Other McCain-related links:

  • A much-too-early 2020 poll has some bad news for Donald Trump: For starters, he's trailing Bernie Sanders 32% to 44%; same margin with more "don't know" behind Joe Biden. Lesser-known Democrats trail off, but losing almost all of their support to "don't know" -- Trump himself never drops below 28%.

  • Matthew Yglesias: Donald Trump talks like a mob boss -- and reminds us he has no idea what he's doing: There was actually quite a bit of news last week on Trump's various legal threats, starting with guilty verdicts on half of the charges against Paul Manaford (the other half were hung with only one juror voting to acquit), a guilty plea deal by Michael Cohen, grants of immunity for testimony from David Pecker (National Enquirer, who has repeatedly buried stories on Trump while sensationalizing every innuendo against the Clintons) and Allen Weisselberg (Trump Organization CFO), as well as other entertainments from Rudy Giuliani and a new round of threats to fire Attorney General Jeff Sessions, and Trump-affiliated scandals like Duncan Hunter.

    He lies, repeatedly (but he always does that), seems to accidentally admit to breaking campaign finance law, peddles bizarre conspiracies about the FBI, and goes off on an extended tangent about how the main investigative technique used in the United States to bring down organized crime operations should be illegal.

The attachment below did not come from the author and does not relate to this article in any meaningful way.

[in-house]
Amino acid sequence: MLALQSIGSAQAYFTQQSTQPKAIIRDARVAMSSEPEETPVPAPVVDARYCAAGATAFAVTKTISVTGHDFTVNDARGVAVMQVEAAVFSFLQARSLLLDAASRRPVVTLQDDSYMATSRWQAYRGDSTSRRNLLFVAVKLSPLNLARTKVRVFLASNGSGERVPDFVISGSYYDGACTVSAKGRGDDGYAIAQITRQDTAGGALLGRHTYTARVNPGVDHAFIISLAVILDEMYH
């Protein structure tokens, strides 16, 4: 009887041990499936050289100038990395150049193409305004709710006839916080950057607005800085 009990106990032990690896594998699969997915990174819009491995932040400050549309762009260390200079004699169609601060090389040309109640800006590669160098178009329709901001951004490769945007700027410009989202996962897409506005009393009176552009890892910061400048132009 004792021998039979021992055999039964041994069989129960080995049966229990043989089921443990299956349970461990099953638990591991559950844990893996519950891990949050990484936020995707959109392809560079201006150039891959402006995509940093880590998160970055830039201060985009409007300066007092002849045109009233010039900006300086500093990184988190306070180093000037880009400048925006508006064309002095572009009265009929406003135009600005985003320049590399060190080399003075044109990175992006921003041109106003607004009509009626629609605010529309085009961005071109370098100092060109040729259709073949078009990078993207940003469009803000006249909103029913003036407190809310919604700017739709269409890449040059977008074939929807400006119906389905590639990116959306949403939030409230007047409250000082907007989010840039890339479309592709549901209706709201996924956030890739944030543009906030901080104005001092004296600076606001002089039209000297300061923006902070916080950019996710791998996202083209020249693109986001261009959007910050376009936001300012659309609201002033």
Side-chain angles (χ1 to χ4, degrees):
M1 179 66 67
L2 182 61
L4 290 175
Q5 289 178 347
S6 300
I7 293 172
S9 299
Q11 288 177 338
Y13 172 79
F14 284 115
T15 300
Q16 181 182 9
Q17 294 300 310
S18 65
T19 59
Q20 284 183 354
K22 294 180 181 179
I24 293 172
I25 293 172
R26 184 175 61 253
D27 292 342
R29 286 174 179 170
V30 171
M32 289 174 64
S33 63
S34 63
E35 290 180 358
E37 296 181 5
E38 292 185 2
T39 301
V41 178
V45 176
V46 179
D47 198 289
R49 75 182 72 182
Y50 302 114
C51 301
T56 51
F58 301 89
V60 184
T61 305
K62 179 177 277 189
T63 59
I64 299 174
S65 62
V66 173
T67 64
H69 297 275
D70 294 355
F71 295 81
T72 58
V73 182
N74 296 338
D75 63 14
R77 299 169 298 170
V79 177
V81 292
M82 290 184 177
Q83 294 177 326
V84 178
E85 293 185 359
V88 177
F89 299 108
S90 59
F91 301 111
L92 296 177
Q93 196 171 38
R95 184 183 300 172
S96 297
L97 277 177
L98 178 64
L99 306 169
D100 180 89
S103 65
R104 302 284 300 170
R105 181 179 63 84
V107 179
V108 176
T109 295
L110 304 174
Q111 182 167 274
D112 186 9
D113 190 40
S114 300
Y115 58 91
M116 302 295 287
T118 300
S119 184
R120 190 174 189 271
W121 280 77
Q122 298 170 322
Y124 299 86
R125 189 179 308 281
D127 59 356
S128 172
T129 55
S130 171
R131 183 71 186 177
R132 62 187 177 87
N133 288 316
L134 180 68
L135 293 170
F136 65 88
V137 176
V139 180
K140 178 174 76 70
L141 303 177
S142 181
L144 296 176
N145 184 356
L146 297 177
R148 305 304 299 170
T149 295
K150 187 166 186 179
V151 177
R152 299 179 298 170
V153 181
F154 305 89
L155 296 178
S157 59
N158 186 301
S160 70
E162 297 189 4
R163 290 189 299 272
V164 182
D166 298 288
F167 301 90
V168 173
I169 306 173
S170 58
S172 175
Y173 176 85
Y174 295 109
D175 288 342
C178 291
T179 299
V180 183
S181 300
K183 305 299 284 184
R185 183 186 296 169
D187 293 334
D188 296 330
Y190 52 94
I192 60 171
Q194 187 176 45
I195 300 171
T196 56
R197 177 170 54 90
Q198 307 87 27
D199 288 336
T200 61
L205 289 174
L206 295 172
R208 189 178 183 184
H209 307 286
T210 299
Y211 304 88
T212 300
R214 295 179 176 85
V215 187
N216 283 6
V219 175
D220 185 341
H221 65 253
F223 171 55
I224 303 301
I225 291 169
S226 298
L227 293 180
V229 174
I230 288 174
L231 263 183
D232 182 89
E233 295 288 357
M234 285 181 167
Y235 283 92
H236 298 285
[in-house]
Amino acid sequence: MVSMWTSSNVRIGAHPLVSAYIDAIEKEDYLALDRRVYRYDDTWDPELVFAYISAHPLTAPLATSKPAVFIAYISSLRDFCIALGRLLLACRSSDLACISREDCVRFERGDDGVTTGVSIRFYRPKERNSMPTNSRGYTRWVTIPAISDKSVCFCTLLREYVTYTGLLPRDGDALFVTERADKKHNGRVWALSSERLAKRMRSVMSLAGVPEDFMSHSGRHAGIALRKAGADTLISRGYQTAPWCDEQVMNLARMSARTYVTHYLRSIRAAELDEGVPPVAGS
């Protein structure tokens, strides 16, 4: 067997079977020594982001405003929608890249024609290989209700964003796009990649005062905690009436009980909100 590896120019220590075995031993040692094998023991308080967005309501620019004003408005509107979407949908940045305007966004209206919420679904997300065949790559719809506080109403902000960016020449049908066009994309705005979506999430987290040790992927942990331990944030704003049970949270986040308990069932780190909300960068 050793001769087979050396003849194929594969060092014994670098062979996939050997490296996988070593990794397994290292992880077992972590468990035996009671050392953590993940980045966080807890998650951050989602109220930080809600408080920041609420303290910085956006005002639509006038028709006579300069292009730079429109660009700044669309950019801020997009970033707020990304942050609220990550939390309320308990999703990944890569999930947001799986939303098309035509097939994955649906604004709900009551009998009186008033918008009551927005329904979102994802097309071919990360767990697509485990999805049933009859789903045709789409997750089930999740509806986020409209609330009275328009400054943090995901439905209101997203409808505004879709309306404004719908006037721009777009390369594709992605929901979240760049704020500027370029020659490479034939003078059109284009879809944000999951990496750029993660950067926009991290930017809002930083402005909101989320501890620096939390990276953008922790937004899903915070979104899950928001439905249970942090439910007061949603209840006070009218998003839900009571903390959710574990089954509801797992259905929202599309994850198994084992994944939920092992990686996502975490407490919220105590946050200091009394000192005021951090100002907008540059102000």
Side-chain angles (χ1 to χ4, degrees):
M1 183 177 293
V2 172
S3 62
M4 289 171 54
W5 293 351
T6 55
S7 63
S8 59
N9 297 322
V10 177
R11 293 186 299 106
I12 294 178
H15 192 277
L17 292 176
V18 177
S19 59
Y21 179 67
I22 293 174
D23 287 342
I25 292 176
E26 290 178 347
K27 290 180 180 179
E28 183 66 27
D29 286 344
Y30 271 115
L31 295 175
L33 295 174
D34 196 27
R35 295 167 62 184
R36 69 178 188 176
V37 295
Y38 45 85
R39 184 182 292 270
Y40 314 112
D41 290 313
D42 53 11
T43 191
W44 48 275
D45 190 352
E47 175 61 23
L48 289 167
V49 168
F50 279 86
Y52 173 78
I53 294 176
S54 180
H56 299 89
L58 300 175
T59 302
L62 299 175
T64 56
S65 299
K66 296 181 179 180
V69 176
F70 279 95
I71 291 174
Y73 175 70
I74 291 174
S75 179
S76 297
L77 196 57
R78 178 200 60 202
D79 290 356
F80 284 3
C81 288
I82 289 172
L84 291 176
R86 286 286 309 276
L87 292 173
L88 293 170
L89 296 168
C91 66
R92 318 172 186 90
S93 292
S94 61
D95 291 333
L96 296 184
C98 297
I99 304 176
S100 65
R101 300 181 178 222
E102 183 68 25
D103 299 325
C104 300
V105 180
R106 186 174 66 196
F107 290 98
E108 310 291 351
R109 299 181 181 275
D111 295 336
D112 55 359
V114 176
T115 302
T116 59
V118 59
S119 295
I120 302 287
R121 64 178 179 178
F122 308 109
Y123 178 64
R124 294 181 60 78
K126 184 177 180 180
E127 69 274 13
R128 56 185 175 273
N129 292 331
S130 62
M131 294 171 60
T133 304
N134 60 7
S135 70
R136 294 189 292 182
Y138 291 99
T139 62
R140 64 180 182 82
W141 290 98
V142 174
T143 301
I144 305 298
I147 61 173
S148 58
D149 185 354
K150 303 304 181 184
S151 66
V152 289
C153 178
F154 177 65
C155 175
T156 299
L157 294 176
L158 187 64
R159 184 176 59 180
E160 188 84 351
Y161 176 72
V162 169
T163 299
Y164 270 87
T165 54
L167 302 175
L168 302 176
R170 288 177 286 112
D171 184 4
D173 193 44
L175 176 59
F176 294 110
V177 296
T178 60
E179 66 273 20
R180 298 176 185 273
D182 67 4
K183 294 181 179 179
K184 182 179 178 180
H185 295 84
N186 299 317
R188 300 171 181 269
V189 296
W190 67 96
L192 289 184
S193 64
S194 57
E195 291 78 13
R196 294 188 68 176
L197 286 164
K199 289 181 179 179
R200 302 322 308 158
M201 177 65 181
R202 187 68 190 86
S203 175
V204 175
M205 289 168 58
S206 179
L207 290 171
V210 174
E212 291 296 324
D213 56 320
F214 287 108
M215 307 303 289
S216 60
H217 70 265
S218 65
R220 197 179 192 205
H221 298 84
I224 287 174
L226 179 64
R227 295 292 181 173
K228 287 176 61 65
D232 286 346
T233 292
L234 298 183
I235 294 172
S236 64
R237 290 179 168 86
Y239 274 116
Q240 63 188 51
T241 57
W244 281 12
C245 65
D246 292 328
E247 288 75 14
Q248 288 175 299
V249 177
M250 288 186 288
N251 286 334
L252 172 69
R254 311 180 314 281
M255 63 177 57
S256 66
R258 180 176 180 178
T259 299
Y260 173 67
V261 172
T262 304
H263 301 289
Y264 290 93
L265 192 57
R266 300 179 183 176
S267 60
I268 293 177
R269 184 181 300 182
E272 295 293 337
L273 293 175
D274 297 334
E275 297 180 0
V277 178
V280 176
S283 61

But beyond that, on several different occasions he shows us that when it comes to the core job of the presidency, he has simply no idea what he's talking about. Even on his signature issue of trade, he can't begin to describe the situation correctly -- much less outline a coherent strategy for improving Americans' economic well-being.

    There is also a long list of suspicions that have been noted by Democrats but are scarcely being investigated by the Republicans: see Matt Shuman: Report: Worried GOPers Privately List Potential Probes If Dems Retake House.

  • Veteran left-wing journalist and peace activist Uri Avnery dies at 94: Here's an important one -- a hero, if the term means anything honorable -- to mourn this week. For more, see: Adam Keller: The Israeli peace activist who crossed enemy lines and shaped generations.